Prague, 13 August 2003 (RFE/RL) -- Commentary and analysis in the Western press today takes a look at why Washington and London may have disguised the real motives for the Iraq war, Russian political maneuverings, and Hungary's recent currency crisis, among other issues.
In a contribution to the London-based daily, Jeffrey Sachs of Columbia University's Earth Institute says, "The crucial question concerning Iraq is why the motives for war were disguised." The contention that Iraq was a "grave and imminent threat" was "absurd," he says. Today, it "seems increasingly likely that Iraq was attacked because Saudi Arabia was deeply implicated" in the terrorist attacks of 11 September 2001. Fifteen of the 19 hijackers were Saudi nationals, while little or no evidence linked Baghdad to the attackers.
While Sachs acknowledges his is a highly speculative view, he suggests four possible reasons why an attack on Iraq was considered, given the hijackers' links with Saudi Arabia.
First, Riyadh's inferred complicity in 11 September offered "dramatic confirmation" that Saudi Arabian oil was an insecure source, and even demonstrated that Riyadh may pose a threat to U.S. security interests. Iraqi oil was the only "quantitatively significant alternative" to Saudi supplies.
Second, a new base had to be found for U.S. troops in the region to replace U.S. bases in Saudi Arabia.
Third, following the events of 11 September, the White House sought to make clear that aiding terrorists or otherwise threatening U.S. security interests could result in "regime change" in Saudi Arabia as it did Iraq.
Finally, the U.S. administration sought to obscure the Saudi connection for fear its own Saudi associates would be implicated.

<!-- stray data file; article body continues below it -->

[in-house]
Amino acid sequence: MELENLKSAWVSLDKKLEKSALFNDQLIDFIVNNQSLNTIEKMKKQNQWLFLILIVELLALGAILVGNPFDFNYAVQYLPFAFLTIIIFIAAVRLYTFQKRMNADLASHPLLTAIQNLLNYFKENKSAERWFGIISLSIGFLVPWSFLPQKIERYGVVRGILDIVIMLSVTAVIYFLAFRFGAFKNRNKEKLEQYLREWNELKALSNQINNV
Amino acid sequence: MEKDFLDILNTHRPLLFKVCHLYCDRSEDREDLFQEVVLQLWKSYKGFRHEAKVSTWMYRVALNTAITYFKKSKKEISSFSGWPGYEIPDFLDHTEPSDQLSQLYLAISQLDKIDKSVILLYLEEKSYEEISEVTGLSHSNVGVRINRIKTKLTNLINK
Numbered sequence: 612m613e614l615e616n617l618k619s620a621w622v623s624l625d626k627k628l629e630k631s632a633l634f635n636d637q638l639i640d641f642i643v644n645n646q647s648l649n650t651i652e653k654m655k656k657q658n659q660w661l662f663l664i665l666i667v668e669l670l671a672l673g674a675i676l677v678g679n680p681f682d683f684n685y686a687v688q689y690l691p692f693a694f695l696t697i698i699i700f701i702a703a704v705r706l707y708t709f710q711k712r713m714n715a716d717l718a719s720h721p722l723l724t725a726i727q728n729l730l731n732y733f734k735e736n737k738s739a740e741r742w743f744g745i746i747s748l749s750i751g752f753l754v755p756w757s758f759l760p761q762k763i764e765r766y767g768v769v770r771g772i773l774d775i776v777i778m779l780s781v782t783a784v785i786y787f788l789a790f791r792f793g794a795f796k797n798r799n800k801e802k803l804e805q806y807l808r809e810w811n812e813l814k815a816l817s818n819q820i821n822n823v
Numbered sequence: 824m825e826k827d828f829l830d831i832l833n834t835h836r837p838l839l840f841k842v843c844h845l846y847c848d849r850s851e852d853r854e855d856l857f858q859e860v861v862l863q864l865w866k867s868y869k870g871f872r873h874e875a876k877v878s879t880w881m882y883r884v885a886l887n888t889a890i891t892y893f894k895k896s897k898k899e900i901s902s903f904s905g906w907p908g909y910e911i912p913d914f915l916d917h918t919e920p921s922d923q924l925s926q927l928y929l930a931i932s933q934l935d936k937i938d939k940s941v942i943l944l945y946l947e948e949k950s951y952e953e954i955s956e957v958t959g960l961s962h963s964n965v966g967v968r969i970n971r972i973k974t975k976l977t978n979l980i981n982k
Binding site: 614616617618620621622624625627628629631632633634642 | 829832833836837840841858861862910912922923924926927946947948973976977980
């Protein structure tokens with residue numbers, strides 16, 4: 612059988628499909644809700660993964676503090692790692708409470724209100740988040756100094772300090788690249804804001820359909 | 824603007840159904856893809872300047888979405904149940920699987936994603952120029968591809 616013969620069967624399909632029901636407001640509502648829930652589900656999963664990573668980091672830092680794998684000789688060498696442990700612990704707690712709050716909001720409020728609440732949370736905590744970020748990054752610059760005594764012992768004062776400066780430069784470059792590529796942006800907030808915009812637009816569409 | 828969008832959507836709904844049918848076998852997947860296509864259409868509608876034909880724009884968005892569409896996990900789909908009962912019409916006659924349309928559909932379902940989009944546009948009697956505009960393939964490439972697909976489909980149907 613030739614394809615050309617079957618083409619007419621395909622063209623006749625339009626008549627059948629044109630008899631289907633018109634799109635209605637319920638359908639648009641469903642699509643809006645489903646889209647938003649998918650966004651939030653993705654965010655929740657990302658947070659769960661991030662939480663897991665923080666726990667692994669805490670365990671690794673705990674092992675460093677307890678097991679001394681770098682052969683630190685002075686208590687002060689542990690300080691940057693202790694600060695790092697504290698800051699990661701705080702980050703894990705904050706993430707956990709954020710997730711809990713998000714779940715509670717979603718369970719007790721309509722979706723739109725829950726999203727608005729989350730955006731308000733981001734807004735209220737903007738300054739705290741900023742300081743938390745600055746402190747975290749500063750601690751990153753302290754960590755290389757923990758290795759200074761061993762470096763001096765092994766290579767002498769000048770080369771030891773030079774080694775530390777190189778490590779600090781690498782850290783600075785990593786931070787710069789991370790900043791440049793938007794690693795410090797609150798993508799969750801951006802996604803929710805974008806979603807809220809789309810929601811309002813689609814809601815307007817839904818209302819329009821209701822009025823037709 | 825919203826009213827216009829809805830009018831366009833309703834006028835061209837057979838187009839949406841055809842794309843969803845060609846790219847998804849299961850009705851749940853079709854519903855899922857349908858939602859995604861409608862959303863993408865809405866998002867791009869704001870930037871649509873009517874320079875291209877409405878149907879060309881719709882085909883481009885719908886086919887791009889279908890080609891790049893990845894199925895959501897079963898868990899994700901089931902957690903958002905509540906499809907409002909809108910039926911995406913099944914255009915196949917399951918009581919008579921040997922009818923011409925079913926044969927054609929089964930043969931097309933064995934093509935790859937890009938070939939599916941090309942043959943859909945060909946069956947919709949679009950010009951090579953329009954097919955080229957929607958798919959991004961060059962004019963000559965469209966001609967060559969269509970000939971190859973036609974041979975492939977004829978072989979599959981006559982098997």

Sachs says the U.S. administration seems unwilling to examine the Saudi connection. But the issues involved "are too big to be swept aside."
THE NEW YORK TIMES:
An editorial says Russian politics are often "incomprehensible" to people both within and outside Russia. It remains to be seen whether Russian President Vladimir Putin is personally behind the Kremlin's crackdown on the Yukos oil giant, but what is clear is that the "strong-arm tactics" being employed "have little to do with battling economic crime." Instead, recent events have more to do with political maneuverings and upcoming elections in Russia.
The specific charges against Yukos "are not the issue," it says. Putin had long ago come to "an unspoken agreement not to spend too much time looking back at the corrupt and murderous way in which the Soviet Union's assets were privatized, so long as everyone agrees to follow certain rules." So speculation is rife that Yukos chief Mikhail Khodorkovskii and his associates "are being harassed because they had begun using their [wealth] too actively to back opposition parties, left and right, that are competing with the government's forces in the Duma elections set for December."